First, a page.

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|A Report from birdtours.co.uk
Northern Ecuador, August 21 – September 14, 2008,
This is a report on a 26-day birding trip to northern Ecuador from August 21 to September 14, 2008. In chronological order, the locations visited were Cotopaxi National Park, La Selva Jungle Lodge, Yanacocha Reserve, Reserva Las Gralarias, Milpe Bird Sunctuary, Angel Paz Sanctuary, Silanche Bird Sanctuary, Mangaloma Reserve, Papallacta Pass, Guango Lodge, Cabanas San Isidro, Gareno Lodge, Antisana Reserve, and Rio Palenque Research Station. The itinerary included two visits to Amazonia, at La Selva and Gareno lodges, and a wide range of elevations on both the east and west slopes of the Andes. 570 species of birds were seen including an incredible 43 species of hummingbird and 67 species of tanagers. We had some unexpectedly wet weather on the west slope of the Andes so this species list can be considered less than what would normally be expected. A full list of birds seen including locations is given at the end of this report.
This tour was put together by Mindo Tours and our guide for most of the trip was Edison Buenaño. Another guide, whose services were also arranged through Mindo Tours, accompanied us at Cotopaxi. At La Selva, we enjoyed the exceptional services of a local specialist birding guide named Jose. Accommodations ranged from quite basic at Mangaloma to luxury at Termas de Papallacta. Details of the lodging and birding sites are given below.
When in Quito, we stayed at the Hotel Quito, a very nice and reasonably priced hotel in the new section of town. Rooms on the first floor are the oldest and the noisiest, so we recommend asking for a room in their newer tower. Web site: www.hotelquito.com
The Hacienda La Cienega is located about two hours (more if traffic is heavy) south of Quito near Cotopaxi and is a convenient base for reaching the park within an hour. It is an old building that miraculously escaped several volcanic eruptions of Cotopaxi. Despite being old, the facilities and grounds were very nice and a fireplace and heaters in the rooms made it very comfortable. Web site: www.hosterialacienega.com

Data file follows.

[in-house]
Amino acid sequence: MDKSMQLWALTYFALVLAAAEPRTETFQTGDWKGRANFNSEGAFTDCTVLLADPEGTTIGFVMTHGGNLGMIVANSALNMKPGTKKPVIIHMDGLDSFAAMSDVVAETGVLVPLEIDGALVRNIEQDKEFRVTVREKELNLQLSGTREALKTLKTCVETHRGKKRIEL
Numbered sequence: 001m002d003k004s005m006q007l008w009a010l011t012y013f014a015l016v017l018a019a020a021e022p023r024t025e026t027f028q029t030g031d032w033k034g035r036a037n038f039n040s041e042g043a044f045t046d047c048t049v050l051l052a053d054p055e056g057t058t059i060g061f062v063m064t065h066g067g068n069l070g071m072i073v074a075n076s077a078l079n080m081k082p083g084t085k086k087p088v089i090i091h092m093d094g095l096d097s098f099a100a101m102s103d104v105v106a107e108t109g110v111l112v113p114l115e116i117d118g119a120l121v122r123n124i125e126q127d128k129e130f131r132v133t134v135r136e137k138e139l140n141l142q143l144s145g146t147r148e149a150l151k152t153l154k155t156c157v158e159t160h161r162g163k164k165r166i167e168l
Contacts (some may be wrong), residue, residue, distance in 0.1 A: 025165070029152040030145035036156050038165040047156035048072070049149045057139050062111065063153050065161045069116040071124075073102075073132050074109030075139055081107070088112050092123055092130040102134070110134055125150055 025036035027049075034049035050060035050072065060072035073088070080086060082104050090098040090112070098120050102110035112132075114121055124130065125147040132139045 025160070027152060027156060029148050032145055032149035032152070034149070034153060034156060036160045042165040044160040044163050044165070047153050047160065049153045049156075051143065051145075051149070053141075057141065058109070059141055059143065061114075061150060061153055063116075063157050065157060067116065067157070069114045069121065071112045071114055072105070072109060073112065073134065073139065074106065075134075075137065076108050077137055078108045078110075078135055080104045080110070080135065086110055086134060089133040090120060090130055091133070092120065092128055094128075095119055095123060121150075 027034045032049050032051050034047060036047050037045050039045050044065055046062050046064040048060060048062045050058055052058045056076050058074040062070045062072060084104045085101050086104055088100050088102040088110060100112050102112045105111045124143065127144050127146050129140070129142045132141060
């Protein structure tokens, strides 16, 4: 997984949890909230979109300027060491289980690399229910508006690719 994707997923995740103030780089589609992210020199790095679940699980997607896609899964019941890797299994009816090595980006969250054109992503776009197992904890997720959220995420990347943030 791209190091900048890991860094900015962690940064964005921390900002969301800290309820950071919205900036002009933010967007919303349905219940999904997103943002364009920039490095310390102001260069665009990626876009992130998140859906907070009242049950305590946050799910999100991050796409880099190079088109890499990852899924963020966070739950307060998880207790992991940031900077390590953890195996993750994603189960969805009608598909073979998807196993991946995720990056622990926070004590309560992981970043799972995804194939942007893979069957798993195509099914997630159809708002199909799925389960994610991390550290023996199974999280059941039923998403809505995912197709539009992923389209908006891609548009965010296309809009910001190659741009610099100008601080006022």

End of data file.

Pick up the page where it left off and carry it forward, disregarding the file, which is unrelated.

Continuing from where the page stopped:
La Selva is a well known lodge on the banks of the Rio Napo, two and a half hours downstream by motorized canoe from Coca. There is a four night minimum stay and the cost of the flight from Quito to Coca was included in our fare. We stayed at La Selva for six days and five nights and felt another day would have still been very productive. Guests at La Selva are assigned specialty guides based upon interest and we were fortunate to have the services of Jose, who has trained many of the birding guides now employed at other Amazon lodges. Overall the birding at La Selva was excellent – for example we saw 40 species of birds during a 30 minute period in their 45-meter canopy tower. The food was also top quality. However we were disappointed with the overall physical condition of La Selva, in particular the cabins. Our cabin had several missing floorboards and the overhead fan did not work. The main boardwalk was missing several slats which were not repaired while we were there. Others had similar complaints about their cabins. La Selva was the first Rio Napo lodge but it is showing its age and is not being well-maintained. Several of the birders we met in Ecuador suggested it may be worth considering other lodges in the same general area, in particular Napo Wildlife Center. Web site for La Selva: laselvajunglelodge.com. Web site for Napo Wildlife Center: www.napowildlifecenter.com